In the epic historical novel Sword of Honor, David Kirk continues the saga of Musashi Miyamoto, the greatest samurai in Japanese history, as he journeys to the ancient city of Kyoto to fight for his life and his ideals.
Having survived the cataclysmic battle of Sekigahara, which established the mighty Tokugawa Shogunate, young Musashi Miyamoto travels through Japan determined to proclaim his revolutionary epiphany that the "way of the sword", the ancient code that binds samurai to their masters, needs to be abolished.
But during the battle Musashi insulted an adept of the powerful Yoshioka School, and a price has been put on his head. Musashi travels to Kyoto, domain of the Yoshioka, for a reckoning. He has taken up with Ameku, a beautiful blind woman branded as a witch; his burgeoning love for her will make him vulnerable.
Musashi intends to deal a crushing blow to the traditional samurai dogma by destroying the Yoshioka warriors, but Musashi will learn that his spectacular gifts with the sword are no match for the cunning of powerful lords. The wily Tokugawa governor, still struggling to establish dominance in Kyoto, sees in Musashi just the weapon he needs to overcome the rebellious Yoshioka.
Sword of Honor seamlessly blends meticulous research, mesmerizing action sequences, and a driving narrative to bring this extraordinary figure to life.
©2015 David Kirk (P)2015 Random House Audio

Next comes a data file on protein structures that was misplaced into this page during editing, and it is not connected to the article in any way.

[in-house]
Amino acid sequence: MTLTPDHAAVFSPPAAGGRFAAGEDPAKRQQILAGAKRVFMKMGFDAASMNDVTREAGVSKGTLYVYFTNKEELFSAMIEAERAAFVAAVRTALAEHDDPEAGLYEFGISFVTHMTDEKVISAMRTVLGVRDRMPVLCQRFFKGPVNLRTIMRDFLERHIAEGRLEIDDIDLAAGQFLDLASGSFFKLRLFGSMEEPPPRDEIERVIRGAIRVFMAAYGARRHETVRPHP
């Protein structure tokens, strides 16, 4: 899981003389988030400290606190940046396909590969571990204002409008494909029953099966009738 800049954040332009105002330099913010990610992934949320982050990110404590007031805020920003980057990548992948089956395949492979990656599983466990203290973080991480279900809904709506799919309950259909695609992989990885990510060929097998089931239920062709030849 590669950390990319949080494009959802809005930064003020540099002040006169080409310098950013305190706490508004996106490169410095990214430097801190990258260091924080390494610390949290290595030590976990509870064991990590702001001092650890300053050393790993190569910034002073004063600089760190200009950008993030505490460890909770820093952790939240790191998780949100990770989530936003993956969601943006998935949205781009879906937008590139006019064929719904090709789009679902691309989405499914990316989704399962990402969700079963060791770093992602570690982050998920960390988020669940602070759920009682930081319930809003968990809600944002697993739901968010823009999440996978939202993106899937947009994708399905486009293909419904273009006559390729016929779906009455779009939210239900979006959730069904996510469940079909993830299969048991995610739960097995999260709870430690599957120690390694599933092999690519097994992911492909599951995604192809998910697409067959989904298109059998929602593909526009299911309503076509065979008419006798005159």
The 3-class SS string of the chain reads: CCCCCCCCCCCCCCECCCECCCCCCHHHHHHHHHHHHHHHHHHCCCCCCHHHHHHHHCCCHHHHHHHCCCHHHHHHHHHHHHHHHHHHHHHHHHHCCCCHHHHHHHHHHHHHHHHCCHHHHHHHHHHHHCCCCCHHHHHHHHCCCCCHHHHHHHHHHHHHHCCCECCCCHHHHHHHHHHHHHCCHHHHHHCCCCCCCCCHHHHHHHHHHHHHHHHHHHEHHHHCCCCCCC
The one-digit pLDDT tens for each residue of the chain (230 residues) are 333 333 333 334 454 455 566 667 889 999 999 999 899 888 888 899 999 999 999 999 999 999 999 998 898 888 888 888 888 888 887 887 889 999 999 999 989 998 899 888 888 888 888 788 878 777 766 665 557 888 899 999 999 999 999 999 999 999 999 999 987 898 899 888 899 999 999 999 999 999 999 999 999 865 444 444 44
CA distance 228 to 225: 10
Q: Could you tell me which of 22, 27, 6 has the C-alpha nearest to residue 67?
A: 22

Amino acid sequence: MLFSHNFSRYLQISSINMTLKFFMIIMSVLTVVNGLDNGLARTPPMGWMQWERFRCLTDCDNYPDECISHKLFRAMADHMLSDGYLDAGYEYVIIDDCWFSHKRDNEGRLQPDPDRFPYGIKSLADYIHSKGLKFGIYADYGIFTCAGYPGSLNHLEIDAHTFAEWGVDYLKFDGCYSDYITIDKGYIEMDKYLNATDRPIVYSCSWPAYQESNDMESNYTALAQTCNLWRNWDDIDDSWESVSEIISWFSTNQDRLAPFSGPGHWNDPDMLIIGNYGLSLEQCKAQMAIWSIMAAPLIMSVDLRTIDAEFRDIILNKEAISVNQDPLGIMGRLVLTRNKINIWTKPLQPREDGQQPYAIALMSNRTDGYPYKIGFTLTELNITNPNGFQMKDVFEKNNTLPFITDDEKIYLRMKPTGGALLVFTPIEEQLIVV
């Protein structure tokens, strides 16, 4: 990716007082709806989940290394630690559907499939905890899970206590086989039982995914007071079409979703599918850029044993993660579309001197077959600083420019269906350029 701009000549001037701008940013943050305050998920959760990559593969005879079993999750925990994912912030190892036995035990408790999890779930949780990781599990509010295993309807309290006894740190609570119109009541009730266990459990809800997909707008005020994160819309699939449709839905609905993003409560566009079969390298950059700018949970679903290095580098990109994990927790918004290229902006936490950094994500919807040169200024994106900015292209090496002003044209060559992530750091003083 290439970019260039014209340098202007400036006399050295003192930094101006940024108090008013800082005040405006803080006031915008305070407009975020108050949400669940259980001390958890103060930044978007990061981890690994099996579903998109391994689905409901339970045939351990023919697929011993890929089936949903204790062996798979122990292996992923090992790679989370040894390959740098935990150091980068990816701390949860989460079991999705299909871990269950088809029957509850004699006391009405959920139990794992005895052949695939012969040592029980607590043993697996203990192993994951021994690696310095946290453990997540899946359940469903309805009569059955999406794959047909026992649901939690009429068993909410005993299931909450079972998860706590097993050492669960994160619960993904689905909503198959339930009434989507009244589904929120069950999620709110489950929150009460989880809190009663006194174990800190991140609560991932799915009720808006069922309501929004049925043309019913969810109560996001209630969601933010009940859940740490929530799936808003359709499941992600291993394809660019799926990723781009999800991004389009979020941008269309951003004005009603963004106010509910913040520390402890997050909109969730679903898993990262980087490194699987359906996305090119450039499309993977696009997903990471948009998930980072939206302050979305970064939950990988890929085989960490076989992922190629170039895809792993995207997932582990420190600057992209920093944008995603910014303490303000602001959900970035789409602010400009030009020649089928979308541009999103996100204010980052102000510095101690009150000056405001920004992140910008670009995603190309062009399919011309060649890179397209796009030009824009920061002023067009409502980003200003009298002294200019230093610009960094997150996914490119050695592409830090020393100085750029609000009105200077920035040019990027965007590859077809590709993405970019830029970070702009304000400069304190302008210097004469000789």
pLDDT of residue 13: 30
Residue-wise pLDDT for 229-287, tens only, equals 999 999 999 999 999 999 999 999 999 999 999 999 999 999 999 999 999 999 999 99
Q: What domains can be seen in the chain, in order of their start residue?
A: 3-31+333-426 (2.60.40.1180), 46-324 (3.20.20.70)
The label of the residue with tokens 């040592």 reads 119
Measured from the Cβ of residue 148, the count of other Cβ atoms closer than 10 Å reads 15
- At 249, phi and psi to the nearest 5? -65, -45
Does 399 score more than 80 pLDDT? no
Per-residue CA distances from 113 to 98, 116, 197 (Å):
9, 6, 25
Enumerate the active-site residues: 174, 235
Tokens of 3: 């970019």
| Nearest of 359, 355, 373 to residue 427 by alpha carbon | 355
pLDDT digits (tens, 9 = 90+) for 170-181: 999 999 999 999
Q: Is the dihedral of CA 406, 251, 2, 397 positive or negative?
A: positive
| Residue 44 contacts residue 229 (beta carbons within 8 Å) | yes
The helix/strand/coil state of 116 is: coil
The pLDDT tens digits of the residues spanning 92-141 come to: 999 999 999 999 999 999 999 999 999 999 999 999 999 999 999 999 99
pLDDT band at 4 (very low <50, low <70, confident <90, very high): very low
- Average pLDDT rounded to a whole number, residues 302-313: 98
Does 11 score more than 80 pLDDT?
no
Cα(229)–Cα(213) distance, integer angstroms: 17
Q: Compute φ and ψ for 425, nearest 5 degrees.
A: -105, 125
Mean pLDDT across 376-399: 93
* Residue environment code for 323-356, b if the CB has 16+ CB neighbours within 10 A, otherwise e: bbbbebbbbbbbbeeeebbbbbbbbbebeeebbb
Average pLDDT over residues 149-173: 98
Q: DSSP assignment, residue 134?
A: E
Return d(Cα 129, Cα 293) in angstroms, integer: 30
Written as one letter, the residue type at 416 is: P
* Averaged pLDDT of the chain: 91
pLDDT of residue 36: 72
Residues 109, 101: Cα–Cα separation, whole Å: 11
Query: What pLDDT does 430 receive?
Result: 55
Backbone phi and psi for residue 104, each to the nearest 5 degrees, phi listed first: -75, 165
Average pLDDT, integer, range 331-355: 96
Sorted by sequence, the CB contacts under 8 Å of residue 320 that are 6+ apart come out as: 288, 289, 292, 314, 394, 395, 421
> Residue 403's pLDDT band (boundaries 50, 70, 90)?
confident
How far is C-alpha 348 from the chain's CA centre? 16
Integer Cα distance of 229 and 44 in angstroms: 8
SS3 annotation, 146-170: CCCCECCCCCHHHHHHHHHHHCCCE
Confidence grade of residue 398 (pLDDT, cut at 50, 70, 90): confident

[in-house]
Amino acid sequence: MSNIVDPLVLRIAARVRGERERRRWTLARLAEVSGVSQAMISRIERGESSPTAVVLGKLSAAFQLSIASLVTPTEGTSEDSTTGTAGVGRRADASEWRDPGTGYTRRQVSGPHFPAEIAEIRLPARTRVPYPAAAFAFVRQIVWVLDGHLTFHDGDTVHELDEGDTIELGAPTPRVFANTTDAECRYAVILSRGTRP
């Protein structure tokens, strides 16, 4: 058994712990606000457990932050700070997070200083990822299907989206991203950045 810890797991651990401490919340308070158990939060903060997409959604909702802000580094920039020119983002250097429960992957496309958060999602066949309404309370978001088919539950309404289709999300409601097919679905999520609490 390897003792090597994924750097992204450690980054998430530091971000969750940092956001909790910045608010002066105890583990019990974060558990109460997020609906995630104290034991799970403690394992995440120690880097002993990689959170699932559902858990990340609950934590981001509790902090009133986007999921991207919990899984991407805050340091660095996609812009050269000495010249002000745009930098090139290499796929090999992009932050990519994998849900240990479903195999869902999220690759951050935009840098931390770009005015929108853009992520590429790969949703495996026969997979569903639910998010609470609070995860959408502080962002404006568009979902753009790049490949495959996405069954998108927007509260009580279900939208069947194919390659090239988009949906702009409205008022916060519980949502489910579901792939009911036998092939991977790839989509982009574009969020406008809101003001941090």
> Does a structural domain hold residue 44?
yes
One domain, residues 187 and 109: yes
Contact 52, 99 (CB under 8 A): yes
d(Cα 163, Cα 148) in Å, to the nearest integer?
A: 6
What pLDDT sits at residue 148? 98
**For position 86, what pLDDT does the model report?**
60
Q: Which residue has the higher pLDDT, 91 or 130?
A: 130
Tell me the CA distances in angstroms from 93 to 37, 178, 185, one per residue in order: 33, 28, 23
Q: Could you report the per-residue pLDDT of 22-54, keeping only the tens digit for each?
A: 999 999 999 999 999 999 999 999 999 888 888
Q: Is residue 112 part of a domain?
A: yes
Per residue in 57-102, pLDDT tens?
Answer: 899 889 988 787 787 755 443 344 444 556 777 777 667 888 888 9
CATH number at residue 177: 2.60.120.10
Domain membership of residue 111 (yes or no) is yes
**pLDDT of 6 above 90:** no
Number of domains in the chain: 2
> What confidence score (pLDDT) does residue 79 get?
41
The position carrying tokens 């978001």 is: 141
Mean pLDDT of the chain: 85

"There are lots of elements that make this novel an extraordinary read: the throat-gripping set pieces, beautiful imagery, crafty politics, and themes of ego, power, and individualism. Most of all, it is how this tale of a masterless samurai is rendered in language that feels like it's from a different time and place - not because of archaisms or cheap tricks but because it is slow without being tedious, and it emerges from a wholly foreign worldview without being incomprehensible to the modern mind. Musashi is an unforgettable character, and this novel should make Kirk a leading name in historical fiction." (Booklist)
"[P]oetic.... Kirk's vigorous and robust prose complements the action to make rousing historical and philosophical statements." (Kirkus Reviews)
"So authentic, it's easy to forget one is reading a novel...solid, action-packed, thoughtful." (Library Journal)
I read the book almost 25 years ago, and having it read instead of it being read. This brings in the tone and inflection words cannot. Although it is a written being spoken by a narrator. In the final chapters that lead up to the end rise and fall was constant. Hearing the book also gave me sense that he was a rebel and innovator. How Musashj committed himself to his way through his experience. He was trying to break tradition because he knew that this did not work.
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